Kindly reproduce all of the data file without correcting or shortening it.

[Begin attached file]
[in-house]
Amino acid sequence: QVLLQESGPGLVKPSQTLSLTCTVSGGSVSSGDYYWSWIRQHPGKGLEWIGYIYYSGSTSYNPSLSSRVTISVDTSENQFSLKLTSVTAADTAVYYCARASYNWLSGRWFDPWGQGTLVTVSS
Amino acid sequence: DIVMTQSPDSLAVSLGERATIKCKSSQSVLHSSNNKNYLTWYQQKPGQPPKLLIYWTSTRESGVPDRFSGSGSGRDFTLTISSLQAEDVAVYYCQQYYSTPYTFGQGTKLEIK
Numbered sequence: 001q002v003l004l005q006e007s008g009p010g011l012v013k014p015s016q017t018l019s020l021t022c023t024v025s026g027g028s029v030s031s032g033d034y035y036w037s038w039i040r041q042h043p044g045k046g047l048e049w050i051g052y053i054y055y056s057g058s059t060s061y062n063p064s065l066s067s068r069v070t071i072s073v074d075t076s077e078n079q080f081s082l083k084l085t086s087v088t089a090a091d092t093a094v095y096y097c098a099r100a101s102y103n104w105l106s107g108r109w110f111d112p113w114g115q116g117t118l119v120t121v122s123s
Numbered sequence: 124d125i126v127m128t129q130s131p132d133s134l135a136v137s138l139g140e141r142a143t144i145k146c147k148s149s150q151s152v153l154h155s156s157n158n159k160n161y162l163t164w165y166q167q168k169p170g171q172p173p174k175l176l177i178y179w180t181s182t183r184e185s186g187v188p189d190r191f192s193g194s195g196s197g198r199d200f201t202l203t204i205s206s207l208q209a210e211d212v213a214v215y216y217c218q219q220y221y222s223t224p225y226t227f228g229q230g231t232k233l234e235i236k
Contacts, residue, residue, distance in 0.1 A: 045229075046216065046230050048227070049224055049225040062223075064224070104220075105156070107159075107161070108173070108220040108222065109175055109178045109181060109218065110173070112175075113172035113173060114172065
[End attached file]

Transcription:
[in-house]
Amino acid sequence: QVLLQESGPGLVKPSQTLSLTCTVSGGSVSSGDYYWSWIRQHPGKGLEWIGYIYYSGSTSYNPSLSSRVTISVDTSENQFSLKLTSVTAADTAVYYCARASYNWLSGRWFDPWGQGTLVTVSS
Amino acid sequence: DIVMTQSPDSLAVSLGERATIKCKSSQSVLHSSNNKNYLTWYQQKPGQPPKLLIYWTSTRESGVPDRFSGSGSGRDFTLTISSLQAEDVAVYYCQQYYSTPYTFGQGTKLEIK
Numbered sequence: 001q002v003l004l005q006e007s008g009p010g011l012v013k014p015s016q017t018l019s020l021t022c023t024v025s026g027g028s029v030s031s032g033d034y035y036w037s038w039i040r041q042h043p044g045k046g047l048e049w050i051g052y053i054y055y056s057g058s059t060s061y062n063p064s065l066s067s068r069v070t071i072s073v074d075t076s077e078n079q080f081s082l083k084l085t086s087v088t089a090a091d092t093a094v095y096y097c098a099r100a101s102y103n104w105l106s107g108r109w110f111d112p113w114g115q116g117t118l119v120t121v122s123s
Numbered sequence: 124d125i126v127m128t129q130s131p132d133s134l135a136v137s138l139g140e141r142a143t144i145k146c147k148s149s150q151s152v153l154h155s156s157n158n159k160n161y162l163t164w165y166q167q168k169p170g171q172p173p174k175l176l177i178y179w180t181s182t183r184e185s186g187v188p189d190r191f192s193g194s195g196s197g198r199d200f201t202l203t204i205s206s207l208q209a210e211d212v213a214v215y216y217c218q219q220y221y222s223t224p225y226t227f228g229q230g231t232k233l234e235i236k
Contacts, residue, residue, distance in 0.1 A: 045229075046216065046230050048227070049224055049225040062223075064224070104220075105156070107159075107161070108173070108220040108222065109175055109178045109181060109218065110173070112175075113172035113173060114172065